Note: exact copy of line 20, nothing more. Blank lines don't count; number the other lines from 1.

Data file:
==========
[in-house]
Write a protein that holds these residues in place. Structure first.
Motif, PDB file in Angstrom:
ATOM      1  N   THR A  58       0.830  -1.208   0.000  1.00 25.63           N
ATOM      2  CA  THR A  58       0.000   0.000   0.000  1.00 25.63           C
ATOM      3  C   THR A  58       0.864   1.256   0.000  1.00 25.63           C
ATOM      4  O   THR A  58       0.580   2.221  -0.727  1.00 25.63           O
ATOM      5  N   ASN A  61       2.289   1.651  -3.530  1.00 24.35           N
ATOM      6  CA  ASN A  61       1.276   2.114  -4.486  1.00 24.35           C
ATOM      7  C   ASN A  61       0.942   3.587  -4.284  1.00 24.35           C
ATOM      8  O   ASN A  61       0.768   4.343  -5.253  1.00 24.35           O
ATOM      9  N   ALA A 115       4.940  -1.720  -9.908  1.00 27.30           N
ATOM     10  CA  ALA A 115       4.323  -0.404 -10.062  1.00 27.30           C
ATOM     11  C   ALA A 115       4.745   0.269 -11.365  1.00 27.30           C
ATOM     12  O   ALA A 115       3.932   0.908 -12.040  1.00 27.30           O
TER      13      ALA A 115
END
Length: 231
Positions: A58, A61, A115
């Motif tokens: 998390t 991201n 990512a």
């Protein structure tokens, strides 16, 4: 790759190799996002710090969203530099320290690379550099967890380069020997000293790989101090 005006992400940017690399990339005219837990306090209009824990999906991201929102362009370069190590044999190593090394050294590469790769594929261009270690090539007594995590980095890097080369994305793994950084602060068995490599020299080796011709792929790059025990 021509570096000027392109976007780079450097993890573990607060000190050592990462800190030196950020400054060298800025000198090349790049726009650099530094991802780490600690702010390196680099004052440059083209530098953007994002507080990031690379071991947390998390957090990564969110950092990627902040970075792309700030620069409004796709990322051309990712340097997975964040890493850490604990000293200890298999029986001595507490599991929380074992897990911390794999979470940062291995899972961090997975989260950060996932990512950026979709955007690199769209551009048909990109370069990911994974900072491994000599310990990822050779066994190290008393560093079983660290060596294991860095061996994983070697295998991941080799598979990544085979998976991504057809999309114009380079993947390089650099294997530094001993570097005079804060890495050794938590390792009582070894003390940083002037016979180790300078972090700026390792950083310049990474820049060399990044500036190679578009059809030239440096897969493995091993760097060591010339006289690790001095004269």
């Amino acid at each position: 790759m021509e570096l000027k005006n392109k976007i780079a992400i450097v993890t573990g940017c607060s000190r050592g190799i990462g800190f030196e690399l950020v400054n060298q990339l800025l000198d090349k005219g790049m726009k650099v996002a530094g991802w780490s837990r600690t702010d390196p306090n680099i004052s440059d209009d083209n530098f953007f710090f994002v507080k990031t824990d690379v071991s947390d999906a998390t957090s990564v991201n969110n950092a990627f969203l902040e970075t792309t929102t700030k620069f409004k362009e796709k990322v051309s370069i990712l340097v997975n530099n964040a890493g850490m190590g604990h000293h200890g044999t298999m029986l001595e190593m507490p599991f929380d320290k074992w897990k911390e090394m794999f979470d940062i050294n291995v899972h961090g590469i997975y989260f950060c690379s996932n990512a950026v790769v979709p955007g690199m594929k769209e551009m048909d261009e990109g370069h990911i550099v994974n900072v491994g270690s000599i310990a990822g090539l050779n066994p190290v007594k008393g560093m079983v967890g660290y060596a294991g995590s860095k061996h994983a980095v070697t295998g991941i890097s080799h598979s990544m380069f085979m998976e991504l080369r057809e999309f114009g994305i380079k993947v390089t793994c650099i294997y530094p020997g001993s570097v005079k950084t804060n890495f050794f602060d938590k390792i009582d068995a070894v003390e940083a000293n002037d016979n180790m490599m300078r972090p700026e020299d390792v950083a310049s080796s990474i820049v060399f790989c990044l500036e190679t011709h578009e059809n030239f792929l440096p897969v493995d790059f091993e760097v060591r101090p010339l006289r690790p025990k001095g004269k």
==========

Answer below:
């Motif tokens: 998390t 991201n 990512a």